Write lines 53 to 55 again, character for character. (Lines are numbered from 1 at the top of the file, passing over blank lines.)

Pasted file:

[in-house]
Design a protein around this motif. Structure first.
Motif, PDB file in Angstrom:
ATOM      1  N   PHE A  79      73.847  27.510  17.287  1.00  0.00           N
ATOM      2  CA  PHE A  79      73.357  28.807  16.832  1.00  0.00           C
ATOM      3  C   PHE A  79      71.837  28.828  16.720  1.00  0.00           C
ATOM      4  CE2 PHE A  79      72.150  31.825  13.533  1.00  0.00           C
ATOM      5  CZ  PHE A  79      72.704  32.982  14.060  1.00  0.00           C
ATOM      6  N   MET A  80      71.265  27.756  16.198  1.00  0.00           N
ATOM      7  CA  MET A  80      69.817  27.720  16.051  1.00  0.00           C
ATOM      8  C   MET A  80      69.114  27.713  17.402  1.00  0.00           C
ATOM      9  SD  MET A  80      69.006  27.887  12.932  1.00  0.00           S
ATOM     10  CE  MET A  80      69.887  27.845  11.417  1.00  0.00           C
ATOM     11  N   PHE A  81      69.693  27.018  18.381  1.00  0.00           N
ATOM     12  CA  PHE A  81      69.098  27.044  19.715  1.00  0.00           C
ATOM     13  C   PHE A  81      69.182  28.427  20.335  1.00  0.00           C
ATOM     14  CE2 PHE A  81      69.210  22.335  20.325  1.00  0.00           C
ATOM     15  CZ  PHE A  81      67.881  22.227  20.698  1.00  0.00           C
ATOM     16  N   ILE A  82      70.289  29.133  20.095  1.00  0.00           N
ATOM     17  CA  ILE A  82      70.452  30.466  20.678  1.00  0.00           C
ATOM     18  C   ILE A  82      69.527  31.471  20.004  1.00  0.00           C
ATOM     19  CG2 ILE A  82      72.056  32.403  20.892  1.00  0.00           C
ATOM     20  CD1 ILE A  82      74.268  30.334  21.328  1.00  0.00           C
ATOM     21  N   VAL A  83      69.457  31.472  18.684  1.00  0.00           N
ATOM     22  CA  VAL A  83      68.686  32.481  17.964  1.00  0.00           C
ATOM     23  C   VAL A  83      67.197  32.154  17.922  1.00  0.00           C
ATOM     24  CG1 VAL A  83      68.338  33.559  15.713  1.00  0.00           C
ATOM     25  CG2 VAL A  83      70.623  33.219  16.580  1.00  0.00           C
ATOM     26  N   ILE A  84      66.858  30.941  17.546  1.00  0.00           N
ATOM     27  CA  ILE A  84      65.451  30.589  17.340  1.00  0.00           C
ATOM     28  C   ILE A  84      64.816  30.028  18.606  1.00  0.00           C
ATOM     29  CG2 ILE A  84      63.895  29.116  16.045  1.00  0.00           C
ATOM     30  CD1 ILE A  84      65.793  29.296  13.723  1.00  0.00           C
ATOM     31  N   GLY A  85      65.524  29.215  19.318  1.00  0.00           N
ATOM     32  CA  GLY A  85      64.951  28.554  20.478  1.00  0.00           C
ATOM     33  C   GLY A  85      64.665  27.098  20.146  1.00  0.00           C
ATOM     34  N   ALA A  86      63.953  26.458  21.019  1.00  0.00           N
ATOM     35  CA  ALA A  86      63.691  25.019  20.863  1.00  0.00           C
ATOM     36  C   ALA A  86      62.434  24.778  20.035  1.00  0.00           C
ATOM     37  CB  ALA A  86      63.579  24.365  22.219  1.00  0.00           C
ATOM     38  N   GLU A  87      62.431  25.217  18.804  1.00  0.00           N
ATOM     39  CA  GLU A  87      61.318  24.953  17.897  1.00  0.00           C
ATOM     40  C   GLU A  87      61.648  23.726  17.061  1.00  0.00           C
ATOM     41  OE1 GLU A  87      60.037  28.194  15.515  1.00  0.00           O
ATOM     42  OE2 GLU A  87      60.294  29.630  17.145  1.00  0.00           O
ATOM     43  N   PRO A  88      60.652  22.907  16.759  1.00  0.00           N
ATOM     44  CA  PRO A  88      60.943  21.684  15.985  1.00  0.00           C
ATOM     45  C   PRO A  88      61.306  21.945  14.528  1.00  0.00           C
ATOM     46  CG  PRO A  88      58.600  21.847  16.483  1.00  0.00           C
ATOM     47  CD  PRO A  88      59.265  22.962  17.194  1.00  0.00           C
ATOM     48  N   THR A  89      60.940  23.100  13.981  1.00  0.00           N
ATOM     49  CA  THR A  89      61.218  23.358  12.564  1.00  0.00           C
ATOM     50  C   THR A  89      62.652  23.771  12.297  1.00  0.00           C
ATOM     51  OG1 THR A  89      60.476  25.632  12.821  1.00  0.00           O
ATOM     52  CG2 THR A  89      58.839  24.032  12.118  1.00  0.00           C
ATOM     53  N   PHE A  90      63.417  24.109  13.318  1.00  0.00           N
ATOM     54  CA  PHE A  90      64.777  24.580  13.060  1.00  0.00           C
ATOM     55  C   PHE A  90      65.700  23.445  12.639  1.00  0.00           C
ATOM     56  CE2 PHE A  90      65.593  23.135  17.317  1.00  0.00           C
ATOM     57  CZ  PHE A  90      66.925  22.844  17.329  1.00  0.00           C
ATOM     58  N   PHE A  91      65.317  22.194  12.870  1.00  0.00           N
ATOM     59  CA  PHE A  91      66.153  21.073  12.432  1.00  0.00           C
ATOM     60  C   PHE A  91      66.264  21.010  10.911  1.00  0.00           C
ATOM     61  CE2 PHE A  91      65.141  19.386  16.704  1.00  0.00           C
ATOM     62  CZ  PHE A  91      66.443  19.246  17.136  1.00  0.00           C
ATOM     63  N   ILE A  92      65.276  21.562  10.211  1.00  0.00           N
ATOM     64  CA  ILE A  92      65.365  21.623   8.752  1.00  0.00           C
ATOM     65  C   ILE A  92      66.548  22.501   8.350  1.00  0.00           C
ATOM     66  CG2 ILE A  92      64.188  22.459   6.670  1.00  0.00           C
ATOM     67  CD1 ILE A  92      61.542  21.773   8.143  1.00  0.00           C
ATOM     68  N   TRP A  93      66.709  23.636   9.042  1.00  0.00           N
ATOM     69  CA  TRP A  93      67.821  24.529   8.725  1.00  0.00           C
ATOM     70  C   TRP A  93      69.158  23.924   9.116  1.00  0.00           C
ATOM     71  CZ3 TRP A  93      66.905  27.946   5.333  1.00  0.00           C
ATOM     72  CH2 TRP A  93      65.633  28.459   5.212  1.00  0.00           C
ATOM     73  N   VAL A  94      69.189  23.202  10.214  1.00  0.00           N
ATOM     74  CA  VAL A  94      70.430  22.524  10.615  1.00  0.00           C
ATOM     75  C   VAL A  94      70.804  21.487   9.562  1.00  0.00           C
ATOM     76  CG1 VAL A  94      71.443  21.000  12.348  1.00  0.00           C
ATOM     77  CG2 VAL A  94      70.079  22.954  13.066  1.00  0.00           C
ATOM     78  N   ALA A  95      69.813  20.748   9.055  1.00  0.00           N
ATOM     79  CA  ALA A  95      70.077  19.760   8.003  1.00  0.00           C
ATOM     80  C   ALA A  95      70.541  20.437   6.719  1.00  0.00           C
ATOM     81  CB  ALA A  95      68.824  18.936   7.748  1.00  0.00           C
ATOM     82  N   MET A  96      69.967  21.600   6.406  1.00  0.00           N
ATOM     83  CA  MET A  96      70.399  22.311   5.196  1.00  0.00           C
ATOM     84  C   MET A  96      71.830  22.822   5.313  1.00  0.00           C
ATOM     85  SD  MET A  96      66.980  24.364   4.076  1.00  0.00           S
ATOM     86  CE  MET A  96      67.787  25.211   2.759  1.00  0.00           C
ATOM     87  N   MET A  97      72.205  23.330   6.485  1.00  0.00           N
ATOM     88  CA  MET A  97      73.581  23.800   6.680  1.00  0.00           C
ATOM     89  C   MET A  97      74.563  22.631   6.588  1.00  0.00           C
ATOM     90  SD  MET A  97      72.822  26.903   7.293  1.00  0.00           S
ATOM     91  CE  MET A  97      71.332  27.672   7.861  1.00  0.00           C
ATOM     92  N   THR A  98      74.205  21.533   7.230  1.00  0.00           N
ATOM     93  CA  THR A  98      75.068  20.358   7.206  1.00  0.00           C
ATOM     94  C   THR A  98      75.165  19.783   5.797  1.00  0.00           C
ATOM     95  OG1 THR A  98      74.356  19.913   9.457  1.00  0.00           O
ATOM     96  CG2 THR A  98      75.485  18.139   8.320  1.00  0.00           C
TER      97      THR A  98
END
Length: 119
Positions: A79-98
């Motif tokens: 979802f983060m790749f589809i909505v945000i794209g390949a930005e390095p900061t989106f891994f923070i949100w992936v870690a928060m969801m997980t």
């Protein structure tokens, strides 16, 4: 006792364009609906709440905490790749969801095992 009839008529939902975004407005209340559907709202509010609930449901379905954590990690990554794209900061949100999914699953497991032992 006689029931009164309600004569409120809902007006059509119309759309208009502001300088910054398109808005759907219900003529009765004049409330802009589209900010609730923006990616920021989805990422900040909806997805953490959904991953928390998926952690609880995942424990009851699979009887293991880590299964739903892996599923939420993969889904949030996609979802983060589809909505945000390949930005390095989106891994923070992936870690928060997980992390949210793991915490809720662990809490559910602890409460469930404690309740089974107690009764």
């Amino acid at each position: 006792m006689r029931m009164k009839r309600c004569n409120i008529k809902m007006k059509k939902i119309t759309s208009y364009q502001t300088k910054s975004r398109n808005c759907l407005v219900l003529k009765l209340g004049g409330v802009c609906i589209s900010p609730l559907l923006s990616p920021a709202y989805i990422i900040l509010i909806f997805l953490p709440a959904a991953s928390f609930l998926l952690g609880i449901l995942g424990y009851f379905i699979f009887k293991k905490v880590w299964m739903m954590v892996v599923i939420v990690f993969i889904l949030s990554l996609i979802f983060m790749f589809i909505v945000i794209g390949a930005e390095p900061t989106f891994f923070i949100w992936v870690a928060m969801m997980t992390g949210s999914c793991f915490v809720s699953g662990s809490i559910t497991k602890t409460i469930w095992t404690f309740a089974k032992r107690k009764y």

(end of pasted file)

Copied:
ATOM     50  C   THR A  89      62.652  23.771  12.297  1.00  0.00           C
ATOM     51  OG1 THR A  89      60.476  25.632  12.821  1.00  0.00           O
ATOM     52  CG2 THR A  89      58.839  24.032  12.118  1.00  0.00           C